I read with reluctance Reno Omokiri’s brackish defense against government’s clamp down on babe making factories, given the role he played as Special Assistant to president Goodluck Jonathan on New Media. Those who could recall the “Wendel Slimlin” twitter handle’s case would understand the reason for my reluctance. But, I’m not surprised that such advocacy emanated from a “Tanoid” like Reno because promoting low brand is in their DNA.
First, I find his support for Nigeria babe making factories mischievous, why? The questions we should ask Reno are, was he at Lesotho or in a state of coma when the government of his pay master clamp down on babe making factories? When his boss was at the helms of affairs as our president, why didn’t he push for this, given that it would get easy approval? Why is Reno just finding his voice now? These questions are begging for answers If we must take his view seriously.
Agreed, surrogacy is globally recognized and practiced with the aim of helping childless couples have children through either gestational or traditional, commercial or altruistic surrogacy. Surrogacy as practiced in the continents mentioned by Reno has legal processes that varies between jurisdictions and countries unlike what some fellow practice here. I will like Reno to tell us if there are any legal process undergone by black market babe sellers and their buyers which he advocates for.
Reno goofed by calling teenagers and women in Nigerian baby making factories surrogate mothers who have children for childless couple. It reveals his ignorance about surrogacy and how it works in other places. Such argument is out of context In Nigeria, where teenagers and women with unwanted pregnancy see babe making factories as save haven to birth a child and sell it off without a second thought on who buys their babies. There are several cases of such to suffice my claim. How about victims of kidnappers impregnated and used to make babies by wicked abductors who deal in babe’s sale with ritualist? Considering these obvious abnormally that characterizes baby making factories in Nigeria, should any one advocate for such?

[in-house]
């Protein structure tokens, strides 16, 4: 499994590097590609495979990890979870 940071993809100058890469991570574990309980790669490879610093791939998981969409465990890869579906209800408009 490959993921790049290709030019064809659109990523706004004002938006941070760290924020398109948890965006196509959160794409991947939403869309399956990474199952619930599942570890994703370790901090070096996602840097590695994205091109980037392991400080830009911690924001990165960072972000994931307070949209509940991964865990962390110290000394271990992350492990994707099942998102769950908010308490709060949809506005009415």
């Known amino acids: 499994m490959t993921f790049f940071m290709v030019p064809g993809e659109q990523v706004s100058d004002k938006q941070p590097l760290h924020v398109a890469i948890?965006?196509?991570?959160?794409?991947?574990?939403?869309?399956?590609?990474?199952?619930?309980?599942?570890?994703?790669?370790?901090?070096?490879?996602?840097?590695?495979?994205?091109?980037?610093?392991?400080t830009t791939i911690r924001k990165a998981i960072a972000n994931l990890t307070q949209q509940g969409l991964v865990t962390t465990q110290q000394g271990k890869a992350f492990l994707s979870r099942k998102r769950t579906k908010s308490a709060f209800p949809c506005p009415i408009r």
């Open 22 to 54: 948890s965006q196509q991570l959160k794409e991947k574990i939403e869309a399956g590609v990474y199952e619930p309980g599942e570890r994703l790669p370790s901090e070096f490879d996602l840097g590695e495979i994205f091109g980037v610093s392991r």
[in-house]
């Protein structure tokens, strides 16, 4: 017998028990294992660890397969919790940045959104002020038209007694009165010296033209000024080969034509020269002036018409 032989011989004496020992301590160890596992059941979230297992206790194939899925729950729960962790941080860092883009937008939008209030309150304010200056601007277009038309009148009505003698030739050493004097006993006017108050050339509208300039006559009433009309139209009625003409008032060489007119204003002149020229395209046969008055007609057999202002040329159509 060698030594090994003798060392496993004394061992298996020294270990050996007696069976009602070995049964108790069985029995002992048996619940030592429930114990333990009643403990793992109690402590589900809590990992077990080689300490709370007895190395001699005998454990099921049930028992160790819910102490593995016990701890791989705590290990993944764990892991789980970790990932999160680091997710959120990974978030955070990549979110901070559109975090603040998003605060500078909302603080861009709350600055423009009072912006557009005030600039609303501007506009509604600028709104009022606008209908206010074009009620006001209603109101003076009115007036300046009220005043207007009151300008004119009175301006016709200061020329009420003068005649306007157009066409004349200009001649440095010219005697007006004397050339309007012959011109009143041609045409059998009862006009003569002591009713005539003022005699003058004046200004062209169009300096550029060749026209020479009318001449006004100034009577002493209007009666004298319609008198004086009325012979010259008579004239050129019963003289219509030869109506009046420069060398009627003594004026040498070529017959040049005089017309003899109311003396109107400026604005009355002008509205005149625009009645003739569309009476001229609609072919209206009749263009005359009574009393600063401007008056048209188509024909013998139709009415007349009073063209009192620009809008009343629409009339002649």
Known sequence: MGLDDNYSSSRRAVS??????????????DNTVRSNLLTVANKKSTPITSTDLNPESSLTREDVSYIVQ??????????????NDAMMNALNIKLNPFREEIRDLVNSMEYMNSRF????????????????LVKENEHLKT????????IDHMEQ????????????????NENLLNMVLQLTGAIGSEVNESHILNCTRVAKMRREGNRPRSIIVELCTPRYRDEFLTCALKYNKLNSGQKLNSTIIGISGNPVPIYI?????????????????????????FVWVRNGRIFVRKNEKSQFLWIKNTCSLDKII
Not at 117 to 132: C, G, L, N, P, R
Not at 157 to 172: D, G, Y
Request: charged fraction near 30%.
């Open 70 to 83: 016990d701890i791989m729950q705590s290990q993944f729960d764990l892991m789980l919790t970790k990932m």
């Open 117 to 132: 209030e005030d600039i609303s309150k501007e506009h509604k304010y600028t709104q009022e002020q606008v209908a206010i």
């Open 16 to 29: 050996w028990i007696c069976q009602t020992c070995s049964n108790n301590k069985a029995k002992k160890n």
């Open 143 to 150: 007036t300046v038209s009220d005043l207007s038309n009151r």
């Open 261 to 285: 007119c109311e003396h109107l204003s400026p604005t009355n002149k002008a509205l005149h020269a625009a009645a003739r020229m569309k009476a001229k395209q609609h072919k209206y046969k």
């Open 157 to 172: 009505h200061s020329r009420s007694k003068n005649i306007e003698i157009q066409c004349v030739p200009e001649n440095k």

I think we should also ask Reno to provide us with facts on how many Nigerian childless couples get babies from baby making factory because of the unforeseen medical issues it helps to tackle by knowing the biological parents of bought babies.
Advocating for genuine surrogacy inline with best global practices is not bad. We all know it succors childless couples but not drumming support for a vice perpetrated by some set of wicked quacks. Besides, the fact that we want to import a foreign culture should not make us fail to consider our complexities as a country and understand how best it can fit into our system before adopting them because copying wrong has taken us no where.
Therefore, I will advice Mr. Reno to bring up better issues of national importance to the public space now that his phones have stopped ringing too. Nigerians are wiser now and we would not countenance non issue brought up to insult our collective senses by attention seekers like Reno.
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